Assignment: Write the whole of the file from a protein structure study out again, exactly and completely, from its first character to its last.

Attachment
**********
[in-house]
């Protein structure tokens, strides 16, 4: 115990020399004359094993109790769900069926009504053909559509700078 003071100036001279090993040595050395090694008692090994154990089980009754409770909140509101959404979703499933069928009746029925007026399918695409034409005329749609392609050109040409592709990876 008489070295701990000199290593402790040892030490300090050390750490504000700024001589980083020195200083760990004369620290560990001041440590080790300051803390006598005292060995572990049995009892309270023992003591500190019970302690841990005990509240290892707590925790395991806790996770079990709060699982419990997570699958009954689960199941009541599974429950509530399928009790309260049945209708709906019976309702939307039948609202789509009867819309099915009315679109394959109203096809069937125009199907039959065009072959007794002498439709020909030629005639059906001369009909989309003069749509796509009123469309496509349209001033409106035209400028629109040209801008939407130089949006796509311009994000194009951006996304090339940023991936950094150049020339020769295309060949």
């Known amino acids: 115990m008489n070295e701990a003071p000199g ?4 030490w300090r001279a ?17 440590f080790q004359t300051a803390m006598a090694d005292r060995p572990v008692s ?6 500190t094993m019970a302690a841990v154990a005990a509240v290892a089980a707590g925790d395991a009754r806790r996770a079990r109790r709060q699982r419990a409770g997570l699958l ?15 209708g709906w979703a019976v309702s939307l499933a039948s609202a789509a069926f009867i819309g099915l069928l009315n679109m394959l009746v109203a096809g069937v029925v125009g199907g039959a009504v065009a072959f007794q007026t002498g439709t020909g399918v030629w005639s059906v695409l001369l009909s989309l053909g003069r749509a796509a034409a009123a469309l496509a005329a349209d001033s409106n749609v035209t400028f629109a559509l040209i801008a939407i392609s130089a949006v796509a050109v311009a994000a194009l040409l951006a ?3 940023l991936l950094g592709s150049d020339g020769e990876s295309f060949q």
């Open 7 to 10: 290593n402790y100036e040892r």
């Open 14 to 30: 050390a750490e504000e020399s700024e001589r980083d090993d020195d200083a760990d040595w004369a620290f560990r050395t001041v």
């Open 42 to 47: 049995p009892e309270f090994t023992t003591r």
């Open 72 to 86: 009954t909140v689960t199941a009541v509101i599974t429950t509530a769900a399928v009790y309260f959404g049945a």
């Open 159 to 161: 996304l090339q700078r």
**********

[in-house]
């Protein structure tokens, strides 16, 4: 115990020399004359094993109790769900069926009504053909559509700078 003071100036001279090993040595050395090694008692090994154990089980009754409770909140509101959404979703499933069928009746029925007026399918695409034409005329749609392609050109040409592709990876 008489070295701990000199290593402790040892030490300090050390750490504000700024001589980083020195200083760990004369620290560990001041440590080790300051803390006598005292060995572990049995009892309270023992003591500190019970302690841990005990509240290892707590925790395991806790996770079990709060699982419990997570699958009954689960199941009541599974429950509530399928009790309260049945209708709906019976309702939307039948609202789509009867819309099915009315679109394959109203096809069937125009199907039959065009072959007794002498439709020909030629005639059906001369009909989309003069749509796509009123469309496509349209001033409106035209400028629109040209801008939407130089949006796509311009994000194009951006996304090339940023991936950094150049020339020769295309060949």
């Known amino acids: 115990m008489n070295e701990a003071p000199g ?4 030490w300090r001279a ?17 440590f080790q004359t300051a803390m006598a090694d005292r060995p572990v008692s ?6 500190t094993m019970a302690a841990v154990a005990a509240v290892a089980a707590g925790d395991a009754r806790r996770a079990r109790r709060q699982r419990a409770g997570l699958l ?15 209708g709906w979703a019976v309702s939307l499933a039948s609202a789509a069926f009867i819309g099915l069928l009315n679109m394959l009746v109203a096809g069937v029925v125009g199907g039959a009504v065009a072959f007794q007026t002498g439709t020909g399918v030629w005639s059906v695409l001369l009909s989309l053909g003069r749509a796509a034409a009123a469309l496509a005329a349209d001033s409106n749609v035209t400028f629109a559509l040209i801008a939407i392609s130089a949006v796509a050109v311009a994000a194009l040409l951006a ?3 940023l991936l950094g592709s150049d020339g020769e990876s295309f060949q």
């Open 7 to 10: 290593n402790y100036e040892r």
């Open 14 to 30: 050390a750490e504000e020399s700024e001589r980083d090993d020195d200083a760990d040595w004369a620290f560990r050395t001041v």
């Open 42 to 47: 049995p009892e309270f090994t023992t003591r």
């Open 72 to 86: 009954t909140v689960t199941a009541v509101i599974t429950t509530a769900a399928v009790y309260f959404g049945a």
């Open 159 to 161: 996304l090339q700078r």